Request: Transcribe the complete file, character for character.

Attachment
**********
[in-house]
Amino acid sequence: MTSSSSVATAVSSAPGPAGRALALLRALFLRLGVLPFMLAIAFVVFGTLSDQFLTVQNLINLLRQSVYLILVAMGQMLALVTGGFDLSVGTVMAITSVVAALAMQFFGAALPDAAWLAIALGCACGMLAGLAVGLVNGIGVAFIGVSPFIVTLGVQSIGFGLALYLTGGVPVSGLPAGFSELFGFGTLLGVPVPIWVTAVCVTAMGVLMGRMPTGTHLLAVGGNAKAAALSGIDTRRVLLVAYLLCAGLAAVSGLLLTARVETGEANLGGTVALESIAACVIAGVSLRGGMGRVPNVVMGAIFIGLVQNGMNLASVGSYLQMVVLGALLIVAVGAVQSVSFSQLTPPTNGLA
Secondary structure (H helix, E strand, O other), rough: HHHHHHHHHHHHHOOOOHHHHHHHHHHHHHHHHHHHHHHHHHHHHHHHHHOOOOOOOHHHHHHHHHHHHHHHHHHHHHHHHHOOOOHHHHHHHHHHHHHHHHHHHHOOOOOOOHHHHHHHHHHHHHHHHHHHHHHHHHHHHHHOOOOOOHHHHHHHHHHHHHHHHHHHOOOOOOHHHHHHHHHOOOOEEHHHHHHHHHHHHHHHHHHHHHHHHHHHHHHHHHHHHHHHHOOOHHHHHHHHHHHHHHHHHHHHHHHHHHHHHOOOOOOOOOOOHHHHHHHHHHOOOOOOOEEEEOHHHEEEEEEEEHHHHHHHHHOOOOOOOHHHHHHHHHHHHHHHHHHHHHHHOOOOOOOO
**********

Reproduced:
[in-house]
Amino acid sequence: MTSSSSVATAVSSAPGPAGRALALLRALFLRLGVLPFMLAIAFVVFGTLSDQFLTVQNLINLLRQSVYLILVAMGQMLALVTGGFDLSVGTVMAITSVVAALAMQFFGAALPDAAWLAIALGCACGMLAGLAVGLVNGIGVAFIGVSPFIVTLGVQSIGFGLALYLTGGVPVSGLPAGFSELFGFGTLLGVPVPIWVTAVCVTAMGVLMGRMPTGTHLLAVGGNAKAAALSGIDTRRVLLVAYLLCAGLAAVSGLLLTARVETGEANLGGTVALESIAACVIAGVSLRGGMGRVPNVVMGAIFIGLVQNGMNLASVGSYLQMVVLGALLIVAVGAVQSVSFSQLTPPTNGLA
Secondary structure (H helix, E strand, O other), rough: HHHHHHHHHHHHHOOOOHHHHHHHHHHHHHHHHHHHHHHHHHHHHHHHHHOOOOOOOHHHHHHHHHHHHHHHHHHHHHHHHHOOOOHHHHHHHHHHHHHHHHHHHHOOOOOOOHHHHHHHHHHHHHHHHHHHHHHHHHHHHHHOOOOOOHHHHHHHHHHHHHHHHHHHOOOOOOHHHHHHHHHOOOOEEHHHHHHHHHHHHHHHHHHHHHHHHHHHHHHHHHHHHHHHHOOOHHHHHHHHHHHHHHHHHHHHHHHHHHHHHOOOOOOOOOOOHHHHHHHHHHOOOOOOOEEEEOHHHEEEEEEEEHHHHHHHHHOOOOOOOHHHHHHHHHHHHHHHHHHHHHHHOOOOOOOO